> Anders Sandberg wrote:
> >Even if Malthus was an entropic bastard, his argument is valid. We cannot
> >expand faster than light, and inside a bounded volume (like spacelike
> >slices of our future lightcone) the Bekenstein Bound seems to hold. This
> >implies that exponential growth of *anything* only is possible in the
> >"short" term (which could be *very* long), then it has to grow as t^3 or
> >slower (assuming a Minkovsky spacetime).
>
> 'gene, my apologies to you. Until I understand what the "Bekenstein
> Bound" and the "Minkovosky spacetime" are, I will concede that perhaps
> you and Malthus are correct.
NO! You just fell into a common psychological trap: if something is said
with confidence and in scientese, it is probably true. That is not a good
heuristic, and quite often used by less than scientific environmentalists
(like Rifkin, who talks about his completely erroneous "fourth law of
thermodynamics"). You should instead demand clarification: "What the ****
is the Bekenstein Bound?!"
A quick answer: if you accept the uncertainty relations of quantum
mechanics, it follows that you cannot distinguish systems that are similar
enough (Delta x * Delta p >= hbar) using any means. This in turn implies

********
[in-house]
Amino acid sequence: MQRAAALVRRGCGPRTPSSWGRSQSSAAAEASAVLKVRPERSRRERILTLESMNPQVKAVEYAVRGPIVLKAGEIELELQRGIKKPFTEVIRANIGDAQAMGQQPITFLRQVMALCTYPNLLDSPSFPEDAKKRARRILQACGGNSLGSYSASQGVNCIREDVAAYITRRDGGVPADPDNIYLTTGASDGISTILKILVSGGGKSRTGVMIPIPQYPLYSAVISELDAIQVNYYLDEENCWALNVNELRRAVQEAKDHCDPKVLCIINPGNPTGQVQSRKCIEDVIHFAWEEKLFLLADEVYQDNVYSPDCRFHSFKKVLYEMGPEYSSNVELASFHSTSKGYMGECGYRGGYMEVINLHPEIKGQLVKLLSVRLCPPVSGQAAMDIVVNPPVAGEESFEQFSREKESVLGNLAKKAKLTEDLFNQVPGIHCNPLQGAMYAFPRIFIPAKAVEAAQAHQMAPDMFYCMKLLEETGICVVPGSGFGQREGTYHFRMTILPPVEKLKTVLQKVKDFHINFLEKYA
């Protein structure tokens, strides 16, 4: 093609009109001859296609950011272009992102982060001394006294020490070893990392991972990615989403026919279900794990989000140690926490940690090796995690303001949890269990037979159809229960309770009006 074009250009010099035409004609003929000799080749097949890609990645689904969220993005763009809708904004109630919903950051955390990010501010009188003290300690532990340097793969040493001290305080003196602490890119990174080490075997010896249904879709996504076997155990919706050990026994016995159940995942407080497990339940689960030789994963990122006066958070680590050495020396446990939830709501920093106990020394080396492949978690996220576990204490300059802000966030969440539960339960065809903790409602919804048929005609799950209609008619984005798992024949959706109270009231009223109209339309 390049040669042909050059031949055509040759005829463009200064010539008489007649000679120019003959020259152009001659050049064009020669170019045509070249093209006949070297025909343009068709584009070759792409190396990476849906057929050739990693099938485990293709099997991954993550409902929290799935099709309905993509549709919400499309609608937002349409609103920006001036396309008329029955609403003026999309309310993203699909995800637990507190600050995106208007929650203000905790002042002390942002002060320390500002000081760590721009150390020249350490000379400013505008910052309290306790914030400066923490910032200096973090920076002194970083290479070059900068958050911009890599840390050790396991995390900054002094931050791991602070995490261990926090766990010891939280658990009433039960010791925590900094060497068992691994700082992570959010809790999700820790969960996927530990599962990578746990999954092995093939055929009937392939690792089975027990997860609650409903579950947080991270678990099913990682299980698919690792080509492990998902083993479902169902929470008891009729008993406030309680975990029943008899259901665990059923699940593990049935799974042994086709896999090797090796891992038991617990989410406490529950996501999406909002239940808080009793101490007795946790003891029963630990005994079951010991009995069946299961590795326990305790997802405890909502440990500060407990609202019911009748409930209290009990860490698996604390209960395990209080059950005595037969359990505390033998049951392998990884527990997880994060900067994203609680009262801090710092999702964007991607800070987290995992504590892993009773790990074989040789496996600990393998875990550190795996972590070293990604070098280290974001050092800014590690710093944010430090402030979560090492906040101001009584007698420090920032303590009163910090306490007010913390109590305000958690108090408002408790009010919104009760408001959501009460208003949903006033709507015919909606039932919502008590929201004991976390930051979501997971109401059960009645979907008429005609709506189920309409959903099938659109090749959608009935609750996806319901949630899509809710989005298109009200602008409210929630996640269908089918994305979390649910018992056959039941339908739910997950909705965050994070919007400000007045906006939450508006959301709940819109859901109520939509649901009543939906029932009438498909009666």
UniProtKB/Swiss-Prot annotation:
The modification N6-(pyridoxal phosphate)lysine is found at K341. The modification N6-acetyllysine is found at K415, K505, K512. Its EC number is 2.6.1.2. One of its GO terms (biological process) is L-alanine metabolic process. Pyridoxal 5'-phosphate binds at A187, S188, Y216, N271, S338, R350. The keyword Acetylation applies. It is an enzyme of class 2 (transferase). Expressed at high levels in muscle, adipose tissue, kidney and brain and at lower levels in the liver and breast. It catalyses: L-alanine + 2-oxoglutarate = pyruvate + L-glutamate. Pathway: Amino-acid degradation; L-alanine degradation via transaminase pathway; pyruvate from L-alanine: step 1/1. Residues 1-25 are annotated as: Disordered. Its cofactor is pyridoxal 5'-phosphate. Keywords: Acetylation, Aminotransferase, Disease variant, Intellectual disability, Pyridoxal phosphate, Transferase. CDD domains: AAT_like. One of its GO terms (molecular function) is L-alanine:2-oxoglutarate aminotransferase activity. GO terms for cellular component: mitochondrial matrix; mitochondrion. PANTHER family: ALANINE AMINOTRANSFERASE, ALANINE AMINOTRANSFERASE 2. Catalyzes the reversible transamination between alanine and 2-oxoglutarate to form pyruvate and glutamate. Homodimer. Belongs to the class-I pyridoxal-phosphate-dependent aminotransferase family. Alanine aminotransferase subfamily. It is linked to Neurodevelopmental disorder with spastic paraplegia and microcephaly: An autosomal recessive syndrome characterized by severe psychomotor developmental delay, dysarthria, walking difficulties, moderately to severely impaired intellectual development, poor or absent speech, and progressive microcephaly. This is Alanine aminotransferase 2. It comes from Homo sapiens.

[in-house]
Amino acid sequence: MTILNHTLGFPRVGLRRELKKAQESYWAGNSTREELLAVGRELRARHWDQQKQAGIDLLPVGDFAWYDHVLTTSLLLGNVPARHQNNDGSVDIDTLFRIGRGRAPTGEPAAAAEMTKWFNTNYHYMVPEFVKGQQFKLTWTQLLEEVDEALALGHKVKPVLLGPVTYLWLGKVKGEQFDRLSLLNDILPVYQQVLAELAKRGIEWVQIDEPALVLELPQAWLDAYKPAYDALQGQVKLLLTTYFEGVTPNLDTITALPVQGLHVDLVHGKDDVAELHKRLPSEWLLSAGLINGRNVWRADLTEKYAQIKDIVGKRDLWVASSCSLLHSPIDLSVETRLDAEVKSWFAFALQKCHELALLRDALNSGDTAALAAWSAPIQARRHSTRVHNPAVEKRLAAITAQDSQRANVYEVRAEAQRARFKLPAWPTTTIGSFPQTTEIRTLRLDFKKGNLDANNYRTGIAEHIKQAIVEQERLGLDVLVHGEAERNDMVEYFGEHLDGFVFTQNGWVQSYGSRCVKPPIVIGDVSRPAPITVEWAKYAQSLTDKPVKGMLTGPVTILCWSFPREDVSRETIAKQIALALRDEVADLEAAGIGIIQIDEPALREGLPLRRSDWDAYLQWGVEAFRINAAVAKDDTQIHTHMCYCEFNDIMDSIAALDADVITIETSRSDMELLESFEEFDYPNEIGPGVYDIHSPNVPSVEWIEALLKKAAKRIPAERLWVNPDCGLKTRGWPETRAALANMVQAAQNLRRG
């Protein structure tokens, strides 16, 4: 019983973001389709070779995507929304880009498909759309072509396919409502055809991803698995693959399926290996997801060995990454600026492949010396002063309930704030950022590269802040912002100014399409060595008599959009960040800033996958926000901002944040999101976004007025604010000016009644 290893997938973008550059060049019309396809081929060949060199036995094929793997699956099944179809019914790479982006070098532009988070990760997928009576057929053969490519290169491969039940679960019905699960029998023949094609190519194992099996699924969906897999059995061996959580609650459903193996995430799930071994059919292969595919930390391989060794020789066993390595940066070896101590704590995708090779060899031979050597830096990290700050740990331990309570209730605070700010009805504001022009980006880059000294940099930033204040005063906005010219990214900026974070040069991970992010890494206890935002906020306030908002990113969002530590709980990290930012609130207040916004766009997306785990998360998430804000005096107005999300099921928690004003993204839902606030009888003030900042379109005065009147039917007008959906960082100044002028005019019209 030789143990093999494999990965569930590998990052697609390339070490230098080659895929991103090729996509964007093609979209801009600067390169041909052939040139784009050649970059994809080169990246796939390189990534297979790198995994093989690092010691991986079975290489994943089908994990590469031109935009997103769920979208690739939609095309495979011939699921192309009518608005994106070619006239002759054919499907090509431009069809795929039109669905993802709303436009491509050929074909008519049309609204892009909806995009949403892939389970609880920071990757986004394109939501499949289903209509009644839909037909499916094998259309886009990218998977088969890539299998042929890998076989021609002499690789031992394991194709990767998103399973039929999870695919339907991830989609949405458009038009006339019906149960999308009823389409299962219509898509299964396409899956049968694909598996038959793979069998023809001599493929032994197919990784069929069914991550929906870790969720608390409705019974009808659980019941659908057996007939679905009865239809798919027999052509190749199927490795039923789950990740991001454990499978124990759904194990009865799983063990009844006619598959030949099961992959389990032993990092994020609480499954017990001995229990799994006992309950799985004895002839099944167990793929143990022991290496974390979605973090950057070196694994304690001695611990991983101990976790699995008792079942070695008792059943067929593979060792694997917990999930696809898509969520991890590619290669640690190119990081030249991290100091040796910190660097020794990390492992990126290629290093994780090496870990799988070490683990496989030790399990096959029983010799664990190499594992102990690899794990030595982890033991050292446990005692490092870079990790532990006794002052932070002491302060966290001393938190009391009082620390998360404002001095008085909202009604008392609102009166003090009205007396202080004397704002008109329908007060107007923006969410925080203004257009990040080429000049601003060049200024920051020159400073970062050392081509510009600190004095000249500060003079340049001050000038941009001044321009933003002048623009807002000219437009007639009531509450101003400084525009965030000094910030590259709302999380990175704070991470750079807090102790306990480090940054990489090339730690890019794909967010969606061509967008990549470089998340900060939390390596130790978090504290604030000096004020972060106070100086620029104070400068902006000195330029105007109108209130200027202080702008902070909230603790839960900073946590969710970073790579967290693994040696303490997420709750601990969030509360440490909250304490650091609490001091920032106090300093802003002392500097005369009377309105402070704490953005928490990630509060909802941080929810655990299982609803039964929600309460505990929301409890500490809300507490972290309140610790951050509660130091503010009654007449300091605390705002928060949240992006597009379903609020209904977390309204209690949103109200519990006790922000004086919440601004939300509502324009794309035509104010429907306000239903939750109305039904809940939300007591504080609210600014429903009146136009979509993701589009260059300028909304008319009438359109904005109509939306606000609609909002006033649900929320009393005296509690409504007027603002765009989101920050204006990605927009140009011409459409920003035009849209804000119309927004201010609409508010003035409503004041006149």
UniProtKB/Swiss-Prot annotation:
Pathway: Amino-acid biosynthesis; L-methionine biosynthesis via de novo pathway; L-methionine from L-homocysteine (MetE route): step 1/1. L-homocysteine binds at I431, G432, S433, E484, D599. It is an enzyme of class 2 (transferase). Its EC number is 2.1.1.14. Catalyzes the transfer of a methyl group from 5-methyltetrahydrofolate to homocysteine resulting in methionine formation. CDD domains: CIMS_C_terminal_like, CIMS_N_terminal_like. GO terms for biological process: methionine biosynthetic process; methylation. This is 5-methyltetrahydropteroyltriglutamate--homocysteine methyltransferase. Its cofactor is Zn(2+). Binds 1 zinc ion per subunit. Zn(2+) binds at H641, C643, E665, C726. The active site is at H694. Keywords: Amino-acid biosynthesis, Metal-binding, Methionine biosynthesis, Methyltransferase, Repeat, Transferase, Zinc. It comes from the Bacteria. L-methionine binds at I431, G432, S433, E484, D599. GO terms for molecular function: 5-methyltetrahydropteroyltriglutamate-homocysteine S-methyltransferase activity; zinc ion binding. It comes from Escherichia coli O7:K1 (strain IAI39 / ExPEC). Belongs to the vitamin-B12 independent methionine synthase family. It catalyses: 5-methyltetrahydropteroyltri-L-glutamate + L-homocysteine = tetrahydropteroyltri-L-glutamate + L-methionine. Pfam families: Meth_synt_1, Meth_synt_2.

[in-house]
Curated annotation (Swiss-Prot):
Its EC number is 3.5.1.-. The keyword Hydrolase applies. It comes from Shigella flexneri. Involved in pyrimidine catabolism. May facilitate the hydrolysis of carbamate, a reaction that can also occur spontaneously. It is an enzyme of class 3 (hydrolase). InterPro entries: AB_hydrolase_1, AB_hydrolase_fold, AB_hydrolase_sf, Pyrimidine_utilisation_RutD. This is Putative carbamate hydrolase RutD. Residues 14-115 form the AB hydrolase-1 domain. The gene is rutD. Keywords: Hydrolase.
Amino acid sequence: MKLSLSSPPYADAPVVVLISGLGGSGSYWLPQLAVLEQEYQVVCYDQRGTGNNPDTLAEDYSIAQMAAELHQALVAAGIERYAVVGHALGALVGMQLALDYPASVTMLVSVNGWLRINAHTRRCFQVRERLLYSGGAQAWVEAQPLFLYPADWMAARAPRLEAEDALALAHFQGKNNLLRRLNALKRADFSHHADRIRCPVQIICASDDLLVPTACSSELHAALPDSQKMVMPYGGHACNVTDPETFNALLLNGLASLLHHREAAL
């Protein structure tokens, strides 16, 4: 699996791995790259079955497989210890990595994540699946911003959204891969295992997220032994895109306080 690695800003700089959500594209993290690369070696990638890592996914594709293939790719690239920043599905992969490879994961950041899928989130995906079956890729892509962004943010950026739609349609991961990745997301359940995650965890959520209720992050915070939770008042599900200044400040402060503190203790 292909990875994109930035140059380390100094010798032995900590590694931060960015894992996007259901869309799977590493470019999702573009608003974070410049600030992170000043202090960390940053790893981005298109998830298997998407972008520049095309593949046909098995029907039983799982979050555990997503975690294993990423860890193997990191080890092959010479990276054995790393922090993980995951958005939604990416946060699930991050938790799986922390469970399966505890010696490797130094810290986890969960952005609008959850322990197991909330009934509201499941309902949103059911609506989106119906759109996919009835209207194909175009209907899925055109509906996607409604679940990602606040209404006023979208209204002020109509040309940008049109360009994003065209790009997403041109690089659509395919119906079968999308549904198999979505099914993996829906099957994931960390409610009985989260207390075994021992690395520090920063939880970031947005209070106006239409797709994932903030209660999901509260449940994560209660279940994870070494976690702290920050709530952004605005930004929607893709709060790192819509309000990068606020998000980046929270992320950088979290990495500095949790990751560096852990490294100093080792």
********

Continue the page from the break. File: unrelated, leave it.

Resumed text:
that you cannot store information as different states if they are too
similar. Now, if you try to store information in a spherical volume with a
finite amount of matter/energy inside, the uncertainty relations tell you
that there is a limit of how many distinguishable states there can be
inside, ergo the amount of information you can store there. This is the
Bekenstein Bound, which says that the amount of information that can be
stored is proportional to the radius and the energy inside the volume (it
is a very loose bound, you can cram several megabytes into a hydrogen atom
and around 10^80 or so bits into the solar system).
The Minkowsky space part was mostly a hedge to avoid having to deal with
curved space and all that. It is just plain, flat spacetime according to
special relativity.
(Fun problem: think of how to circumvent the Bekenstein Bound and get
infinite information. It is possible in theory)
-----------------------------------------------------------------------
Anders Sandberg Towards Ascension!
nv91-asa@nada.kth.se http://www.nada.kth.se/~nv91-asa/main.html
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